CFAS Wales aims to interview a representative sample of 3,750 people aged 65 and over in two areas in Wales (Gwynedd and Swansea). Using established and standardised techniques it will collect data that will enable the investigation of cognitive impairment, depression, physical disability and healthy active life expectancy for the whole group and within social groups. It will provide a foundation for other collaborative studies that investigate biomarkers and other early indications of risk of cognitive decline, such as imaging. It will investigate factors that may delay the onset of dementia, specifically focussing on the role of bilingualism and social networks. As the participants reside in a bilingual area this is a key opportunity.

Last update – 13/02/2017

The Dunedin Multidisciplinary Health and Development Study (DMHDS) is an ongoing, longitudinal study of the health, development and well-being of a general sample of New Zealanders. They were studied at birth (1972-73), followed up and assessed at the age of three when the longitudinal study was established. Since then they have been assessed every two years until the age of 15, then at ages 18 (1990-91), 21 (1993-94), 26 (1998-99), 32 (2003-2005), and 38 (2010-2012). It is planned to next see the Study members at age 44/45 and beyond.

Last update – 31/01/2017

The HELIAD is a population-based, multidisciplinary, collaborative study designed to estimate the prevalence and incidence of AD, other dementias, mild cognitive impairment, and other neuropsychiatric conditions of aging in the Greek population and to investigate associations between nutrition and cognitive dysfunction/age-related neuropsychiatric diseases in this Mediterranean population.

The participants in the HELIAD study were selected through random sampling from community-dwelling individuals over the age of 65 years in the cities of Larissa (located in the province of Thessaly in Central Greece and Marousi (located within the Athens Metropolitan area). The targeted sample of enrolled participants comprised approximately 2,500 individuals. No weighting or stratified sampling (according to age, gender, or education) was performed. Follow-ups with face-to-face interviews at ~3 year intervals.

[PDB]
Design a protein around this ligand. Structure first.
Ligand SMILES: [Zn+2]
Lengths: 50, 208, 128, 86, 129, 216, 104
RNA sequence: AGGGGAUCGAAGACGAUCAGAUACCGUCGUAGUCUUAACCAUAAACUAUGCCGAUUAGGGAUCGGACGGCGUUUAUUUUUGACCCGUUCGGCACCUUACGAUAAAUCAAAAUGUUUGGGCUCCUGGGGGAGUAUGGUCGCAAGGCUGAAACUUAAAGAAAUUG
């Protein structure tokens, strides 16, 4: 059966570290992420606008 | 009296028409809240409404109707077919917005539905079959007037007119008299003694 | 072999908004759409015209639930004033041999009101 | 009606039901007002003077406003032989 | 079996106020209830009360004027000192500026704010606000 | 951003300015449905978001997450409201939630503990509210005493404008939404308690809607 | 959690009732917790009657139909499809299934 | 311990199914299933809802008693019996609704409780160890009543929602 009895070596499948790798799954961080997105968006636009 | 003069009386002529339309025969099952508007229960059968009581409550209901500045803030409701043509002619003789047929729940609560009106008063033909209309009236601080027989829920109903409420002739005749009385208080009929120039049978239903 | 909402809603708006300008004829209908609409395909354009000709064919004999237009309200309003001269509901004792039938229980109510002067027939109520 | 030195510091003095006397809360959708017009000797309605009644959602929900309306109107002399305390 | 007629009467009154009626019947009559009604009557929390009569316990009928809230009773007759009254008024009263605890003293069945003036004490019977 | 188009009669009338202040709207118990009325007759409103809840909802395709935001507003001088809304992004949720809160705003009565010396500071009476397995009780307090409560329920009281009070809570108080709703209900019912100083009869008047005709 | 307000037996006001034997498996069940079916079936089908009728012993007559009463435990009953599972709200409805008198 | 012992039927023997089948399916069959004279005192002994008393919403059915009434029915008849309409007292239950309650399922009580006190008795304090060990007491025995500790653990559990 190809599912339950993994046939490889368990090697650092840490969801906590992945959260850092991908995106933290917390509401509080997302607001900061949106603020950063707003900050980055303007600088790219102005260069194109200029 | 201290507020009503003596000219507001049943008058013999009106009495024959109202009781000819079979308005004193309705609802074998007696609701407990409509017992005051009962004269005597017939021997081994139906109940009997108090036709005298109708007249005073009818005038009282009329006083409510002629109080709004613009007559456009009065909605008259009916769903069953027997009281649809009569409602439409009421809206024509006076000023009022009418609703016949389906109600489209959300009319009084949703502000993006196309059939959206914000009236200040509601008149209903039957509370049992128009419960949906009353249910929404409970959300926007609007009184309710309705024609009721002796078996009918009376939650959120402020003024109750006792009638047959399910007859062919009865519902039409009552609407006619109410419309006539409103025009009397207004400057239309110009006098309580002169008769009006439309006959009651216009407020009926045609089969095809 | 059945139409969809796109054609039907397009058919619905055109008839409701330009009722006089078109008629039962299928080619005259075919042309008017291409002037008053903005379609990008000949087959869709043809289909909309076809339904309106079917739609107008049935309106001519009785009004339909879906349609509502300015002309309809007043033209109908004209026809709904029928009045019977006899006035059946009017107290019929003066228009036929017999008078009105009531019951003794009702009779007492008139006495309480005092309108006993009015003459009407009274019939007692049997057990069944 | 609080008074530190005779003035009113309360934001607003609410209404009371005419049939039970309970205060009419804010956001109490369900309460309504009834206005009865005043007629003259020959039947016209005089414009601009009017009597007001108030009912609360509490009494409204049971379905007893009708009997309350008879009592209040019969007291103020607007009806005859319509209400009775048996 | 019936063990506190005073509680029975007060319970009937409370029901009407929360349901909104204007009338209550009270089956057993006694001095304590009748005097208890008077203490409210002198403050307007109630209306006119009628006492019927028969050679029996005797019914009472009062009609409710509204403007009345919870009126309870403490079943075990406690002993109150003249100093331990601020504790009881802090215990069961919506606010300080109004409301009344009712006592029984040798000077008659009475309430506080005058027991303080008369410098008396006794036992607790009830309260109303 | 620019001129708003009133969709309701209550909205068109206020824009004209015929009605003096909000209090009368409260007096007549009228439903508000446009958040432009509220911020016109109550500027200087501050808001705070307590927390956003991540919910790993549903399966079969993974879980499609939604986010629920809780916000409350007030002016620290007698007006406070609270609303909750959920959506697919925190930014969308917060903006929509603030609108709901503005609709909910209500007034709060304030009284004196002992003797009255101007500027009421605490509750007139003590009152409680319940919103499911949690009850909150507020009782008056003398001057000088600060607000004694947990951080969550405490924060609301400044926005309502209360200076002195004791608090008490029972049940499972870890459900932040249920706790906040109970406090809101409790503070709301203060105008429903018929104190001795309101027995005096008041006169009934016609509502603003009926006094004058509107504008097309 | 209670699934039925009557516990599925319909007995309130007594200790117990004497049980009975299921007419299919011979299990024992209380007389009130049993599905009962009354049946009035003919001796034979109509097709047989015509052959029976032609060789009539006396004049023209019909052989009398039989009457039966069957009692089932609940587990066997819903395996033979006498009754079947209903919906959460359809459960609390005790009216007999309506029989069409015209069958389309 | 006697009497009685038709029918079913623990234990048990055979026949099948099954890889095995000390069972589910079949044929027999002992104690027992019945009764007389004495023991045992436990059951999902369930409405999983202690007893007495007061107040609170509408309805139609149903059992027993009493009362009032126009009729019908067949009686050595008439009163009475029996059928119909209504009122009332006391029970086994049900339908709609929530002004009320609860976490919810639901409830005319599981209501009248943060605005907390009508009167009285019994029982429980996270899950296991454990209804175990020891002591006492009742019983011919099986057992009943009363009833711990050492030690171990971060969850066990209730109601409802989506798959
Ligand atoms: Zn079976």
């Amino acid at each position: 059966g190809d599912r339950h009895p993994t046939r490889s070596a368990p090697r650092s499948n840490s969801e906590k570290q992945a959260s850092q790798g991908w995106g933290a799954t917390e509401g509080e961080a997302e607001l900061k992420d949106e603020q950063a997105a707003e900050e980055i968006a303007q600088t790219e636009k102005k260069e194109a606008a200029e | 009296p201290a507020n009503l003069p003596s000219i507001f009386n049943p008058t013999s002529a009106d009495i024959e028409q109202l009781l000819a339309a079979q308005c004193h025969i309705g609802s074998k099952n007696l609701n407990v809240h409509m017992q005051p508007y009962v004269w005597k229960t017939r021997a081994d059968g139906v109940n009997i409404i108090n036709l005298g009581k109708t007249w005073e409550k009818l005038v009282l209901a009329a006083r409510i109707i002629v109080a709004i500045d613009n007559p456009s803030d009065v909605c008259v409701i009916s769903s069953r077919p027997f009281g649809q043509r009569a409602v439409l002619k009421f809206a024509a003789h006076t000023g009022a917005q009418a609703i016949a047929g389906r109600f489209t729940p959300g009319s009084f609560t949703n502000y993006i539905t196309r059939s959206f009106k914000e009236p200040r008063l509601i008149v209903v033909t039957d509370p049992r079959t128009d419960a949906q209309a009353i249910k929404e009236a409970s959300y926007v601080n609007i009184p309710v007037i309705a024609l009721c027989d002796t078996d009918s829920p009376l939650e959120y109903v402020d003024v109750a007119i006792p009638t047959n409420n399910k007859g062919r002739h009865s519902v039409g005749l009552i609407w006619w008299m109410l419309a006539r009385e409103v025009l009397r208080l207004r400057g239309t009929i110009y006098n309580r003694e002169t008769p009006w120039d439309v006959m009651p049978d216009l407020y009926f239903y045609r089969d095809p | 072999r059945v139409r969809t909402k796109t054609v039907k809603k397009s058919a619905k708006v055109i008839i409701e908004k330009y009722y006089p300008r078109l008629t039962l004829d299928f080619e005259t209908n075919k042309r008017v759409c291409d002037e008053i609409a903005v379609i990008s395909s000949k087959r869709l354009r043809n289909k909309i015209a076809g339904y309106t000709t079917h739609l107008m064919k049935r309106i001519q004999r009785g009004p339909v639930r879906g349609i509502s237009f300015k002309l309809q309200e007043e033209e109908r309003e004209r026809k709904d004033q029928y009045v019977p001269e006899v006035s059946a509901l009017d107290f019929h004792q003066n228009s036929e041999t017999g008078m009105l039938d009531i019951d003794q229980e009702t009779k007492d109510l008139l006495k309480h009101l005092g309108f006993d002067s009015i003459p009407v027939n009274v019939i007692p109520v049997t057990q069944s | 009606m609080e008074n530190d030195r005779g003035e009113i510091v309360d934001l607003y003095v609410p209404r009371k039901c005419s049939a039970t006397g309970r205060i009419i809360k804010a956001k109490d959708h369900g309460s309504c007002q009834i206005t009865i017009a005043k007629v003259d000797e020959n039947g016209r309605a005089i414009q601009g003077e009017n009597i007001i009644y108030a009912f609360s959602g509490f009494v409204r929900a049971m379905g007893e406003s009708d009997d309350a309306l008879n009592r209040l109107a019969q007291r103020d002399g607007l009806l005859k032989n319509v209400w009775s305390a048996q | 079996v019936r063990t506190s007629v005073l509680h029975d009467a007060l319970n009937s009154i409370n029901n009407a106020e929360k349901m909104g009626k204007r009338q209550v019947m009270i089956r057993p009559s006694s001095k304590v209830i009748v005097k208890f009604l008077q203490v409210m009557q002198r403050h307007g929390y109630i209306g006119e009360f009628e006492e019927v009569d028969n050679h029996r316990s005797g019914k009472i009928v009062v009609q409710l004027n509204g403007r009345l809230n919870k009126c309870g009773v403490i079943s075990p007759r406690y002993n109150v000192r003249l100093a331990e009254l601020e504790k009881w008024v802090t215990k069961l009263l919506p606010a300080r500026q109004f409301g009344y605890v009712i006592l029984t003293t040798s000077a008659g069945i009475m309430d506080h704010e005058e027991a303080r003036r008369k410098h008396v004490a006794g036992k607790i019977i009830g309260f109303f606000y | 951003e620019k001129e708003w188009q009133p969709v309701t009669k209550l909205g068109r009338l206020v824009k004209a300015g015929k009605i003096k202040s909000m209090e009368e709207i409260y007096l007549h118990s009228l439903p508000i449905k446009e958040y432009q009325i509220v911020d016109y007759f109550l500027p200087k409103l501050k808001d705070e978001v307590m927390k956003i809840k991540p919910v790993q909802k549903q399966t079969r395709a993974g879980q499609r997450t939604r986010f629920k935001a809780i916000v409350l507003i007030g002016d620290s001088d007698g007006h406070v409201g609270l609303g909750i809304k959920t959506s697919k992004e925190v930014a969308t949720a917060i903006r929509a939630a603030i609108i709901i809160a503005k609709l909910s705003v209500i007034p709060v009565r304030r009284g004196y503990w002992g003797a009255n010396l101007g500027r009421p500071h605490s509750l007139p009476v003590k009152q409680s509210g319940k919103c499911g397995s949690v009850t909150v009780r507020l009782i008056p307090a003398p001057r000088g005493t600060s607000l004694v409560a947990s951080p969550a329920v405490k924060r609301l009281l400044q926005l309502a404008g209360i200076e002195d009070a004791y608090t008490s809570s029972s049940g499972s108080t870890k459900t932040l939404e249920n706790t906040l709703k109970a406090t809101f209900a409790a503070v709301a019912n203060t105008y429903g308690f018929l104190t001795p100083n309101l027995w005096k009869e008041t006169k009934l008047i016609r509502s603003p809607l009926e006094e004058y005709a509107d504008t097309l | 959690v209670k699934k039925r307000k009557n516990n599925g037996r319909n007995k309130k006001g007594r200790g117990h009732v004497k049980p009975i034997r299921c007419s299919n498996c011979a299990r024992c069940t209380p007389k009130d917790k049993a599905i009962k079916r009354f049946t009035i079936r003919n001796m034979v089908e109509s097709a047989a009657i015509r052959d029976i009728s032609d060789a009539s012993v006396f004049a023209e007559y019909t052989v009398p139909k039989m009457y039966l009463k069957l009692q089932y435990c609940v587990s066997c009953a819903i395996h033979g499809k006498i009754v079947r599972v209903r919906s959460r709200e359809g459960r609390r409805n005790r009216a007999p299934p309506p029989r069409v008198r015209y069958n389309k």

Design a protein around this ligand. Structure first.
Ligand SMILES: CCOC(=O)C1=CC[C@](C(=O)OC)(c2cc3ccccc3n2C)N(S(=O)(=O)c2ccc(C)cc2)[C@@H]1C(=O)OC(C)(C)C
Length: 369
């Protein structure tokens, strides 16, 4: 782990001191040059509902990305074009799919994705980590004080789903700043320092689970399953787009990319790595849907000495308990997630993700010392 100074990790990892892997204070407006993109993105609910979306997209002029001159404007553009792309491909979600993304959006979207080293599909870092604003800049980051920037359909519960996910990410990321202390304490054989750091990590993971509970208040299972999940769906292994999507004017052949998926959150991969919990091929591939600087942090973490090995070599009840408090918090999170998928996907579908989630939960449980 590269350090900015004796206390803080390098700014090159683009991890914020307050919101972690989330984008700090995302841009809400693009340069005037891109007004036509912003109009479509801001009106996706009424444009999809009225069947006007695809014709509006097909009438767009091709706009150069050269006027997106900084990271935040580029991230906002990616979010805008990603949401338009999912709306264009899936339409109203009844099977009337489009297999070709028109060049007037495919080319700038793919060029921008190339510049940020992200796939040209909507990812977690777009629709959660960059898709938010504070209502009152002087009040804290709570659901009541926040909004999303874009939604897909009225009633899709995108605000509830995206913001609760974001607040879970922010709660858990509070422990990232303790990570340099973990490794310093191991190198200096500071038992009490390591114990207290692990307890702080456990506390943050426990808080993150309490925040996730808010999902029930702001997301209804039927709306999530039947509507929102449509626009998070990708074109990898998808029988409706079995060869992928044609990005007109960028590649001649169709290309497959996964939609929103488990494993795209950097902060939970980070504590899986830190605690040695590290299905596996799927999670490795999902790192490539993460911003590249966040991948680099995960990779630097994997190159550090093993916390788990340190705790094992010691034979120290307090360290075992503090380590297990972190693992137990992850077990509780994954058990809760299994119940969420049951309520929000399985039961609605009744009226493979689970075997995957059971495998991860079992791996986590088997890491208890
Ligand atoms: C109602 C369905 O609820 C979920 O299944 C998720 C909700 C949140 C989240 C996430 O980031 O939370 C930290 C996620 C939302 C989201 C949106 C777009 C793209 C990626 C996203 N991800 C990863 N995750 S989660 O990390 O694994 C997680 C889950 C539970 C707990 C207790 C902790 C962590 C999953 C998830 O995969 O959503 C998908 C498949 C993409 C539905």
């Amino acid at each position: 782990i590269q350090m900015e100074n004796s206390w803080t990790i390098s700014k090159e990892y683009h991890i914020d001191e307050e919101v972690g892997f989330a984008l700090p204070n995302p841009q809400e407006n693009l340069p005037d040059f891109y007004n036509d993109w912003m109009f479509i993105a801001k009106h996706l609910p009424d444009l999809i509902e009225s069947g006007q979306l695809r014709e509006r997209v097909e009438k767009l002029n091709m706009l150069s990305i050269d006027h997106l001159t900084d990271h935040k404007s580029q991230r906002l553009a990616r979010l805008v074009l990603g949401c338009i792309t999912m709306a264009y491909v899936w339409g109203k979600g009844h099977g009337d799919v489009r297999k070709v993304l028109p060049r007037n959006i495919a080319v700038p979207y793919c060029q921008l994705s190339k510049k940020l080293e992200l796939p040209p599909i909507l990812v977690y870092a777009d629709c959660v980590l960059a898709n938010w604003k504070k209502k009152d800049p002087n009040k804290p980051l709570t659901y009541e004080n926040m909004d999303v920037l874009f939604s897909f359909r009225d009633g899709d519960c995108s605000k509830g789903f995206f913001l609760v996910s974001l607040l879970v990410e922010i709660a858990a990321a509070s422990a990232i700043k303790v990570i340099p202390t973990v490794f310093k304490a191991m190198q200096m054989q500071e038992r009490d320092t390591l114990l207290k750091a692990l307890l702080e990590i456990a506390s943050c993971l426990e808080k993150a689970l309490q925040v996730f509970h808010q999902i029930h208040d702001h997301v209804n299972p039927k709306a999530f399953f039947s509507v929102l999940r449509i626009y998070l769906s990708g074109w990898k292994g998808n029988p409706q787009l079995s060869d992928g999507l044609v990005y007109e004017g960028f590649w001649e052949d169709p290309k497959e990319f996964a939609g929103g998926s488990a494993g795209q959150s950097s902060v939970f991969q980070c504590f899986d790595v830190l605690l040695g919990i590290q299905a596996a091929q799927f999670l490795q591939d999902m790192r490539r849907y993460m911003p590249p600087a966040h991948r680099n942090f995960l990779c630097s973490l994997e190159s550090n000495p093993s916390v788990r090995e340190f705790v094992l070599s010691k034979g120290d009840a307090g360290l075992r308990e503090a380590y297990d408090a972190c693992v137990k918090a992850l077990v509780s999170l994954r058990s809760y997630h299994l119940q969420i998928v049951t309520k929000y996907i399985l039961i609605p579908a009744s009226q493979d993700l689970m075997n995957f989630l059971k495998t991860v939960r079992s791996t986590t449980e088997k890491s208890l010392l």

Last update – 01/02/2017

The HCS is a population-based cohort study established to assess factors important in the health, well-being, social functioning and economic consequences of ageing. The participants included community-dwelling men and women aged 55-85 years of age who reside in Newcastle, New South Wales (NSW), Australia. They were randomly selected from the NSW State electoral roll and contacted between December 2004 and December 2007.

The participants’ study data was collected through self-report postal questionnaires which covered a wide range of variables but also linked with local and national health information databases and hospital records. These provided follow-up on use of prescription medication, health service utilization and hospitalizations, morbidity and mortality. There was also a baseline clinic visit which measured a wide variety of parameters including hearing, vision, smell, balance, cognition, and lung function. Medications and diagnoses have been collected not only at baseline but also at periodic intervals during follow-up.

Last update – 31/01/2017

The first wave of the MIDUS study collected survey data from a total of 7,108 participants. The baseline sample was comprised of individuals from four subsamples:

  1. a national RDD (random digit dialing) sample (n=3,487);
  2. oversamples from five metropolitan areas in the U.S. (n=757)
  3. siblings of individuals from the RDD sample (n=950); and (4) a national RDD sample of twin pairs (n=1,914).

All eligible participants were non-institutionalized, English-speaking adults in the coterminous United States, aged 25 to 74. Data from the above samples were collected primarily in 1995/96.

Last update – 03/02/2017

GENFI is a five year longitudinal biomarker cohort study of genetic Frontotemporal Dementia and its associated disorders (including MND/ALS) investigating members of families with a known mutation in GRN or MAPT or an expansion in C9orf72 (including those affected with the disorder as well as at-risk members of families). Non-carrier first-degree relatives will serve as a control group.
All GENFI participants will be assessed longitudinally (annually) with a set of clinical, neuropsychiatric, cognitive, imaging and biosample protocols.

Last update – 25/01/2017